Stress testing is an excellent way of checking whether your PC is operating as it is supposed to, regardless of its age. In the case of new PCs, you’d want to ensure that the new hardware is working correctly.
And with aging configurations, you’d want to check if any of the components are showing undesirable wear and tear and if they need replacing.
To put it simply, stress testing, as the name implies, puts your hardware under heavy workload to test whether it is performing to expectations and if all the different components can remain stable under heavy stress.
In this article, we’ll be listing some of the best PC stress testing tools, so if you want to see if your PC performs as expected, read on!
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Best CPU Stress Testing Tools
Prime95 is a free stress testing program developed all the way back in 1996. It is one of the most popular free programs of this type when it comes to CPU stress testing, which is not a surprise considering that it is both free and remarkably easy to use.
You can download Prime95 here.
AIDA64 is another highly popular piece of software, and it is one of the best CPU stress testing and diagnostic programs out there. It provides useful system data and is a great way to test CPU performance thoroughly.
However, the main drawback is that the full program is not free, like most other stress testing tools, but after all, AIDA64 offers much more than a simple stress test.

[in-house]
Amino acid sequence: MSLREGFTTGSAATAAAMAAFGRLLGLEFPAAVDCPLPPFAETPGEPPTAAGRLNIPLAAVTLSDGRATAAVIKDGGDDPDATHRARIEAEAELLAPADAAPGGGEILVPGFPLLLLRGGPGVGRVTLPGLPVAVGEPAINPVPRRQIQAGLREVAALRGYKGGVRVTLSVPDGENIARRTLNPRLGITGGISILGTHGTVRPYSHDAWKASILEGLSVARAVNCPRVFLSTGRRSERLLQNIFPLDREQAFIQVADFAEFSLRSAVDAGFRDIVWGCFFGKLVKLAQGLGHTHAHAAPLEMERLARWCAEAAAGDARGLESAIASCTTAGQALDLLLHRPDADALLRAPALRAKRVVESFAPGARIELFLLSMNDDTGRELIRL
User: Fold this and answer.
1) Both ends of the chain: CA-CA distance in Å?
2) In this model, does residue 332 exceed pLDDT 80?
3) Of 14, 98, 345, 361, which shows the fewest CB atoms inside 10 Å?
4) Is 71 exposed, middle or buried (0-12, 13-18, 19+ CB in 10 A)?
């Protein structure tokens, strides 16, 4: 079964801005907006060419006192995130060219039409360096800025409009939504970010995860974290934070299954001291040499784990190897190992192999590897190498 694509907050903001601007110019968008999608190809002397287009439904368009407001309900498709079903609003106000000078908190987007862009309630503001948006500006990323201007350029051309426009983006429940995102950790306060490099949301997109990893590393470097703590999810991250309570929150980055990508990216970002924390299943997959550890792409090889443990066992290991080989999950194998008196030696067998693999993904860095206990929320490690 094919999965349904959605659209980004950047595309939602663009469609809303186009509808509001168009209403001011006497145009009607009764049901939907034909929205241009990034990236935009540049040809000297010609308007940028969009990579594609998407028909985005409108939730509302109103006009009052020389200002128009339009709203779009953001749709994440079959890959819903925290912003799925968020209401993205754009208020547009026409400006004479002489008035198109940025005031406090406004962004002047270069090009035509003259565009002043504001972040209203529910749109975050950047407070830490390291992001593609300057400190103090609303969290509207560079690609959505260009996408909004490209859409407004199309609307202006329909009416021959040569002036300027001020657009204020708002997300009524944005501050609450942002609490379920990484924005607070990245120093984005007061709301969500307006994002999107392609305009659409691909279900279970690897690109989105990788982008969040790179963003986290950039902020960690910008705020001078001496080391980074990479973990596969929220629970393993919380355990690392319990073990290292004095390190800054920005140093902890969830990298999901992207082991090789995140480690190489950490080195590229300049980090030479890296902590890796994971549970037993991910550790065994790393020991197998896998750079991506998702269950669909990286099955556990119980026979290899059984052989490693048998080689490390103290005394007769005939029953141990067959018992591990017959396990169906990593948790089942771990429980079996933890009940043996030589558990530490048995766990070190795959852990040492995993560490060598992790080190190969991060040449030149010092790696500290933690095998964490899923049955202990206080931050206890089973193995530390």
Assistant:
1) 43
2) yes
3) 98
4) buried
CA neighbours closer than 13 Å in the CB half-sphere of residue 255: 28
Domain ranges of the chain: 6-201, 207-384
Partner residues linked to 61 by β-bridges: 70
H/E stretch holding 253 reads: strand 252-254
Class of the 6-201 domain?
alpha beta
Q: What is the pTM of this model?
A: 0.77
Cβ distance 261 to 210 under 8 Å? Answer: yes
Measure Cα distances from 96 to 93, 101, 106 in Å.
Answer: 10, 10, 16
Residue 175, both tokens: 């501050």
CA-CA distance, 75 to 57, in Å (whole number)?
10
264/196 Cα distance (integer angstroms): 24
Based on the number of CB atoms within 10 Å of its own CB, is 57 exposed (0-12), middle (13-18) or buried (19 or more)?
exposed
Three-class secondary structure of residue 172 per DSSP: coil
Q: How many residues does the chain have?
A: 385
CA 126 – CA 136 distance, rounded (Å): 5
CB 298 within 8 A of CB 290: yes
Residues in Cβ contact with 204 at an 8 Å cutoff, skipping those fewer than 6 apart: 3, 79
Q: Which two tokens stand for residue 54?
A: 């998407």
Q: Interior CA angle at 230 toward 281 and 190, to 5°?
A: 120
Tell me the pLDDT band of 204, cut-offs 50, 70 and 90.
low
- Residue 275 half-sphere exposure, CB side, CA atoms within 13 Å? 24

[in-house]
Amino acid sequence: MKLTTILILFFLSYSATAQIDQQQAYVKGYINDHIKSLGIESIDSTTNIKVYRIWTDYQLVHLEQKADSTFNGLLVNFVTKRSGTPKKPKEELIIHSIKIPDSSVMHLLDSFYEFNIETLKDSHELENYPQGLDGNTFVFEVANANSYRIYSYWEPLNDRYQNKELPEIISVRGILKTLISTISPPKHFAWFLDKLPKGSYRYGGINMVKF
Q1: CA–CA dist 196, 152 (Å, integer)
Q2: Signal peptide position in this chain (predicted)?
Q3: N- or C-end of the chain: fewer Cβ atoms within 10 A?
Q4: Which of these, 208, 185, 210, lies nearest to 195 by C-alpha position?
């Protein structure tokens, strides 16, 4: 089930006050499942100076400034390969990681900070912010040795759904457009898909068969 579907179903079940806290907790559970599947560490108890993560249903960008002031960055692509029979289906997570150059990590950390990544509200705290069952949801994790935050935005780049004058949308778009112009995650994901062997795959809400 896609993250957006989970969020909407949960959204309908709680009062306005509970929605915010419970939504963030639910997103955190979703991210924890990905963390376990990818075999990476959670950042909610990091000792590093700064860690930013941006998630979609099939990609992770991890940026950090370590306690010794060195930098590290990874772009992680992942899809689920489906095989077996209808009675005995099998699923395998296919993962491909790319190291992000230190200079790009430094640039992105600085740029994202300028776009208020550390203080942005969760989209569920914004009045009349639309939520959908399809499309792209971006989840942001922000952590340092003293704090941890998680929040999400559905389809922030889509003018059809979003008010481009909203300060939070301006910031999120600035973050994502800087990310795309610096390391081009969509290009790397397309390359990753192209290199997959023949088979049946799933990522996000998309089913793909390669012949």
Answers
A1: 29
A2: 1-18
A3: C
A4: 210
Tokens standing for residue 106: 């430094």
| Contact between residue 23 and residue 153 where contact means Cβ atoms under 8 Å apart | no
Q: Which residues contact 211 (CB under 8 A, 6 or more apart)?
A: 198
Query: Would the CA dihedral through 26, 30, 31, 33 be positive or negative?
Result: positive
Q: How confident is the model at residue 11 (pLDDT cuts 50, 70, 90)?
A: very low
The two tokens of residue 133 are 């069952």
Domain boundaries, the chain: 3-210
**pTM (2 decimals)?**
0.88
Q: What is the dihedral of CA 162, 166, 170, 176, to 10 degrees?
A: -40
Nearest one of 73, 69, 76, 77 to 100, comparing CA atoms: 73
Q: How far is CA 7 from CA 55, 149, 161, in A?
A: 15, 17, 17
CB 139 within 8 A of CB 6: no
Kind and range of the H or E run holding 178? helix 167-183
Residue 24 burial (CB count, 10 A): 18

Obviously, this is a program geared more towards professionals and tech enthusiasts rather than the average gamer and PC user. If you actually want to buy the program or just test out the free version, you can find all the relevant download links on the official website.
As its name might suggest, powerMAX is a very good burn-in test. It places the CPU under extreme stress to maximize heat generation to see if the processor works well at high temperatures and whether the cooling solution is working as intended.
However, powerMAX doesn’t provide relevant performance data as some other tools do, and as stated on the official site, there is always a risk of causing irreversible hardware damage if the program isn’t used responsibly.
As such, we certainly don’t recommend this program to beginners, but if you want to get into overclocking, then you can download the program for free here.
Best GPU Stress Testing Tools
3DMark is one of the most popular GPU benchmarking tools that has been around for over two decades at this point. The latest version of the program is known simply as “3DMark”, which was released in 2013 and has been receiving updates ever since.
The latest update, released in January 2019, brought ray tracing performance testing to the program for the first time.
All in all, 3DMark features several different benchmarks, but any of them is bound to push even the most advanced GPUs such as the GTX 2080 Ti to its limits. You can check the Hall of Fame if you want to see how different PC configurations fared with the multitude of benchmarks available.